11 Home Renovation Mistakes Your Neighbors Hate

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Whether you’re going the 100 percent DIY route or hiring professionals, or whether you live in an apartment building or in a freestanding house, one thing is always true: If you’re doing construction on your home, it’s bound to have an impact. on your neighbors, too. And unfortunately for them, your neighbors don’t get to enjoy the fruits of the labor. They just have to deal with buzzing saws, repetitive hammering, or dumpsters in the driveway for a few months.

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Best case scenario? Live in total seclusion in a home that’s on hundreds of acres of land, the next neighbor miles away, perhaps even in the next town over, so that you can be as loud as you want and make as many messes as needed during your reno. But if you can’t do that, heed these warnings from those who have done renos themselves.

We tapped the experts: CEO and Founder of Flipping Cincy, Kevin Geraci, who has renovated multiple homes in the Cincinnati area; Matt DiBara, owner of DiBara Masonry and host of the Undercover Contractor podcast, who has been on over 4,000 construction appointments; and Sarah Jacobsen, who gutted and renovated her 750-square-foot apartment in New York’s Lower East Side, to ask about the most common neighbor complaints during construction. “It usually falls under noise, dust, or work hours,” DiBara says.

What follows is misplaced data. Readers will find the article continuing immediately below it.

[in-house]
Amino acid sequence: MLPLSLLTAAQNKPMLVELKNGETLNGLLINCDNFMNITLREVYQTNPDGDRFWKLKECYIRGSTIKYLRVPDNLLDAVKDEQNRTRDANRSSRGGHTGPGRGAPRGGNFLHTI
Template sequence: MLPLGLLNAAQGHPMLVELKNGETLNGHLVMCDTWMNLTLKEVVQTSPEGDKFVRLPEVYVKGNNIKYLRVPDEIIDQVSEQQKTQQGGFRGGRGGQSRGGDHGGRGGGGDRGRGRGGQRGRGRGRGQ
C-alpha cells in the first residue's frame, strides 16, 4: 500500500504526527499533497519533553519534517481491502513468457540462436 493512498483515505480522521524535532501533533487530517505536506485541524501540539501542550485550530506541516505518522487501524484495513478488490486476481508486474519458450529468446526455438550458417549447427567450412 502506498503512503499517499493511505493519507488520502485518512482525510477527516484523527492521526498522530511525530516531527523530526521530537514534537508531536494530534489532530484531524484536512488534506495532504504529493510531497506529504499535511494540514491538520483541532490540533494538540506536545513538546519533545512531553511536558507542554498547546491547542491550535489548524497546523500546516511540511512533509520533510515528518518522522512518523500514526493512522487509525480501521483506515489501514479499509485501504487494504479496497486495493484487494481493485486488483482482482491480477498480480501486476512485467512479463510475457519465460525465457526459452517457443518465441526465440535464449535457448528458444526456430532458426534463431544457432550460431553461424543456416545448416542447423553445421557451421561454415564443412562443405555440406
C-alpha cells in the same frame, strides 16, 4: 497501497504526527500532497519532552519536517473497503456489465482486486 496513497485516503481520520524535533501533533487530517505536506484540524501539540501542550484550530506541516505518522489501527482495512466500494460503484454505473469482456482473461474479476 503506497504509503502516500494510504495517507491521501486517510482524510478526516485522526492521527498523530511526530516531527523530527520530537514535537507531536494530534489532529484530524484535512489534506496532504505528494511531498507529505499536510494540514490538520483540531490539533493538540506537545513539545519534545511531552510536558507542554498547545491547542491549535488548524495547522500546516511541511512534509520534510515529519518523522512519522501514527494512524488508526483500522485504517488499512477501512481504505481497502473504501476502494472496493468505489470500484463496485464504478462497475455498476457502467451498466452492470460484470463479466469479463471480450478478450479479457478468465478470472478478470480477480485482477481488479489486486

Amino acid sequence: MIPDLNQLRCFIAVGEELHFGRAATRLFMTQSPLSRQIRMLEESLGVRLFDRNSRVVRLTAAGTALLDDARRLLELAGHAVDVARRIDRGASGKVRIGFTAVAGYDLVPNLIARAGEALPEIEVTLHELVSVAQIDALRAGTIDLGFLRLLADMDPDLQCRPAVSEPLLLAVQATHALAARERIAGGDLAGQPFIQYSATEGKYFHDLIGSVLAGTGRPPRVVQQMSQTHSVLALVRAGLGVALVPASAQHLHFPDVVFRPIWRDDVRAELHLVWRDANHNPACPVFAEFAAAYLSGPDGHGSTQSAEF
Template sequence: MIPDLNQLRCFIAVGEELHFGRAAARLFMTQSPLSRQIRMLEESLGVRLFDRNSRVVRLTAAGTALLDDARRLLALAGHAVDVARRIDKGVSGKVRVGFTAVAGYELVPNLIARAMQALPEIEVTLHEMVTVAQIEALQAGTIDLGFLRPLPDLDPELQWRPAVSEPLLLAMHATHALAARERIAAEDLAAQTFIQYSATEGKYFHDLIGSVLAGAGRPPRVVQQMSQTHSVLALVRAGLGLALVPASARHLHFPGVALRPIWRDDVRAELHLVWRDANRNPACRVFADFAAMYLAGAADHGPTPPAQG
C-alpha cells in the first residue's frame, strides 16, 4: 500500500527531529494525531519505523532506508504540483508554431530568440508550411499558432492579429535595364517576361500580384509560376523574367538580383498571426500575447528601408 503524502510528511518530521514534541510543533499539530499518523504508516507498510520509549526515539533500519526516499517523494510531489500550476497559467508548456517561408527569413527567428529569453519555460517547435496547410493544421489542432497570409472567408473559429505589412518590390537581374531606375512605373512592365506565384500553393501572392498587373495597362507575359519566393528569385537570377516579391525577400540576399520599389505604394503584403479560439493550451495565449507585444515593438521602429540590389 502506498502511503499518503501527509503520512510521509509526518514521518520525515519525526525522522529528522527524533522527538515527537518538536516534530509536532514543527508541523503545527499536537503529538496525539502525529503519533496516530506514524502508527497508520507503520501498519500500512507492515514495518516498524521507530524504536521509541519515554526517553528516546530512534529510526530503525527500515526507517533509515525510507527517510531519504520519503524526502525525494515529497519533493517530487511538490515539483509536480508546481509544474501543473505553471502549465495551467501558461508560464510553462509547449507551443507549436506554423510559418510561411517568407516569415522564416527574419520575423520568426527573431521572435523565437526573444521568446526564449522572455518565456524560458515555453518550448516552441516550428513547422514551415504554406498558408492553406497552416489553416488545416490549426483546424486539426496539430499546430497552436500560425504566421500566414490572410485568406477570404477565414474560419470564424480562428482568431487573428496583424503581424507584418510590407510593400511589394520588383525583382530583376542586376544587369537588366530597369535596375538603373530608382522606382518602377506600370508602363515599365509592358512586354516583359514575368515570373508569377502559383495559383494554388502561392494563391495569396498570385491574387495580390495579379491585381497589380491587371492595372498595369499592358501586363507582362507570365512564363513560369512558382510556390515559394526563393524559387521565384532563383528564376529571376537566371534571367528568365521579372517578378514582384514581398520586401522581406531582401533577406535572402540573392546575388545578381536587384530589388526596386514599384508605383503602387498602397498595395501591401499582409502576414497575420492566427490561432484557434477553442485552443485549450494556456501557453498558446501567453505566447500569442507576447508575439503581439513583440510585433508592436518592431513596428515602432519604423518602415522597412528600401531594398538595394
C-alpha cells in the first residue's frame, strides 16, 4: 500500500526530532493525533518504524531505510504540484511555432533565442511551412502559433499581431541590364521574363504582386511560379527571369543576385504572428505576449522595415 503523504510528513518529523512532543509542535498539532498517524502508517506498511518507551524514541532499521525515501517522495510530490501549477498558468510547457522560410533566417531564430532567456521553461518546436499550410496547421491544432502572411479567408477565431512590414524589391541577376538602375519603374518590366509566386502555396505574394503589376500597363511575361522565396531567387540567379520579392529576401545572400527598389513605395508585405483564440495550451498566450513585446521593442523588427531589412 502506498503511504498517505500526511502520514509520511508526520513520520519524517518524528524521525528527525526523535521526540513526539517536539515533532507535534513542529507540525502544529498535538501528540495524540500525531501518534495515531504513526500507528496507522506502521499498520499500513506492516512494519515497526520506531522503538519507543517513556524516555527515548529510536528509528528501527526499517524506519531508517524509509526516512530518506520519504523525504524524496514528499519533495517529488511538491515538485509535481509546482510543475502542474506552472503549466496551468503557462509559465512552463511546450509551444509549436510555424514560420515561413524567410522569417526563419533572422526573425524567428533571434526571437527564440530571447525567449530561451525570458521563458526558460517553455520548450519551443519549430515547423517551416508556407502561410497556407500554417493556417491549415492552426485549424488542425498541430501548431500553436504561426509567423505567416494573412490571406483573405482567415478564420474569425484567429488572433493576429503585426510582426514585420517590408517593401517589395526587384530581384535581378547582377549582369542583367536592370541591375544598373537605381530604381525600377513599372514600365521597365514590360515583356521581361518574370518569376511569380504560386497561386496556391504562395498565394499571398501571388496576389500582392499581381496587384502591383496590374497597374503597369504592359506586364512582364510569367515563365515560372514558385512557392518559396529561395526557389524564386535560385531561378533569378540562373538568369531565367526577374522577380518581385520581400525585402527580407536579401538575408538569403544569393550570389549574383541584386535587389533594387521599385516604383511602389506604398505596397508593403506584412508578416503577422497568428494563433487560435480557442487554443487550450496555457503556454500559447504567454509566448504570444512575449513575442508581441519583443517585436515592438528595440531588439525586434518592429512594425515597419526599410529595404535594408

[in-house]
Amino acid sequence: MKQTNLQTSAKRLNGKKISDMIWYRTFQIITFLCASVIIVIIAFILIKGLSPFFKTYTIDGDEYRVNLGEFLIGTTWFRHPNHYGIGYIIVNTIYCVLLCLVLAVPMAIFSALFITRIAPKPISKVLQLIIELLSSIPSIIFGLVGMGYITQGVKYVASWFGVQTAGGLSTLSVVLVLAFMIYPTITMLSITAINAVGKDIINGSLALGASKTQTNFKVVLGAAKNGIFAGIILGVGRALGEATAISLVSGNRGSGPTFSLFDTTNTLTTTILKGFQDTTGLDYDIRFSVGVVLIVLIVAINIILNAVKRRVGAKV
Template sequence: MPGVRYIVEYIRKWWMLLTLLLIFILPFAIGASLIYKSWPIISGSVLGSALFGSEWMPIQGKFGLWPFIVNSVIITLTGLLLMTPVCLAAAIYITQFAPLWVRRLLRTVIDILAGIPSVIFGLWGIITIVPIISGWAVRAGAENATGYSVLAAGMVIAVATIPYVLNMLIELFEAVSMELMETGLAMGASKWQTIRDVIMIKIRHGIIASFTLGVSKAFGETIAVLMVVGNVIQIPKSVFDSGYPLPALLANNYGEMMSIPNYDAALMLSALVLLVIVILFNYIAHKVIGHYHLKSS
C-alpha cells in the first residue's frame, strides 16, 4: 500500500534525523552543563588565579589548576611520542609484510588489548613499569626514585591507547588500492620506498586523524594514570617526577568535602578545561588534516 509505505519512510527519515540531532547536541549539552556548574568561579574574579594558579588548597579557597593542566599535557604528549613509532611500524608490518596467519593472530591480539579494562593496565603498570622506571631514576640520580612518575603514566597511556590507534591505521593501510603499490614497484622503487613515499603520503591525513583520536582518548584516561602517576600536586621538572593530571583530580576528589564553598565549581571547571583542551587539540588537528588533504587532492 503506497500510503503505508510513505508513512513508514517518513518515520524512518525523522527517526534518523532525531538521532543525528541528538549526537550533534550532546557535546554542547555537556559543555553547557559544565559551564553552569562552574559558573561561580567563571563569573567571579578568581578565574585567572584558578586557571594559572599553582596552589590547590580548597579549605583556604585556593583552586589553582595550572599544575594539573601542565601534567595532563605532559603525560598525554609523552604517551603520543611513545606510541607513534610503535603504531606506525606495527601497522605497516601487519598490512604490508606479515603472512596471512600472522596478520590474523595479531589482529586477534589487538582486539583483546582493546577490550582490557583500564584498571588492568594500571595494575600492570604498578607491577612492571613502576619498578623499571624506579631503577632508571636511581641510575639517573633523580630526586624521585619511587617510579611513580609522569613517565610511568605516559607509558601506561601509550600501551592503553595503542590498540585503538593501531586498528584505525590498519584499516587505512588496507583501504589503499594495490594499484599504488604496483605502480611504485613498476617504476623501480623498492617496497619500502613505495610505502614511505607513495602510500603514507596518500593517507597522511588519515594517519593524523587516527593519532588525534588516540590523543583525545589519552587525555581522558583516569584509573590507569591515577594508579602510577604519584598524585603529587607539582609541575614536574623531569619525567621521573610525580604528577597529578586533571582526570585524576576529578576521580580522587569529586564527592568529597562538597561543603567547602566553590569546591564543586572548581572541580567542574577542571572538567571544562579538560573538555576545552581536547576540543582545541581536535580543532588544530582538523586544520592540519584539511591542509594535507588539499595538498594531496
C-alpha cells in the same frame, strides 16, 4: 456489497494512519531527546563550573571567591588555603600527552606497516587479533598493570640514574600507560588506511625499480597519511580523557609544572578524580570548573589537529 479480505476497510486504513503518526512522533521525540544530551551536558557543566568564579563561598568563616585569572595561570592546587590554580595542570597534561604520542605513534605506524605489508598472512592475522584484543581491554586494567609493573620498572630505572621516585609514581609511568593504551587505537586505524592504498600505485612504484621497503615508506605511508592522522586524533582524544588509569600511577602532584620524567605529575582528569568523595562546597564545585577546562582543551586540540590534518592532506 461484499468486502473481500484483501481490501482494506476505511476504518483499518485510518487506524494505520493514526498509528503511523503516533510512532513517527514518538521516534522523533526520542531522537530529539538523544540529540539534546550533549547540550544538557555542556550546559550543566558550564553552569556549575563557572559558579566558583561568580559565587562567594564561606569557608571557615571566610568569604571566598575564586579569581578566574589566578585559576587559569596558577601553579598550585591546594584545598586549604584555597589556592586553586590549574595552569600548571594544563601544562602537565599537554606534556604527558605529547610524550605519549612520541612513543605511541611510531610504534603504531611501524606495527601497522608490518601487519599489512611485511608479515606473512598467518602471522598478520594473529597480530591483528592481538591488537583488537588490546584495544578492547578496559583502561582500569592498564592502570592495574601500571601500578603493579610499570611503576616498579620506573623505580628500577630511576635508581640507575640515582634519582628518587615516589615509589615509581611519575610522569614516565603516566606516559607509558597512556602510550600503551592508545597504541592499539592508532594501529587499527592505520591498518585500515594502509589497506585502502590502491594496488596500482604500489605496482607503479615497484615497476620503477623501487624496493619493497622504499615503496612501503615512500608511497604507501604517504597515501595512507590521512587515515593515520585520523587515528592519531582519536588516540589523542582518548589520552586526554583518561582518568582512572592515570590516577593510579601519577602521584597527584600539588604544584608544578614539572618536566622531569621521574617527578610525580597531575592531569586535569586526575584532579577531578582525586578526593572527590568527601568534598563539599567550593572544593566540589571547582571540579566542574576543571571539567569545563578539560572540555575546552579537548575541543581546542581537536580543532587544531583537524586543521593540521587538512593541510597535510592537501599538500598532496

Here are ten common concerns from neighbors — and how to mitigate those complaints so you can salvage those relationships.

“Respecting the local noise ordinances is huge,” says DiBara. If your project involves loud saws, loud hammering, or if there will be noisy trucks around, obey the local quiet hours and be mindful of holidays. “If you don’t respect those boundaries, homeowners are not usually happy — it doesn’t make for a good neighbor relationship,” DiBara says.

And when noise can’t be avoided, give neighbors advance notice. In addition to posting the permits you’ve acquired to do the renovation, you can also post a more friendly notice that neighbors are more likely to read, whether that’s on paper or online. A week’s notice is best practice, DiBara says: “You can do it through apps like Nextdoor, posting a notice with your contact information as well as the lead contractor.”

2. Loud Colors (or Copycat Colors)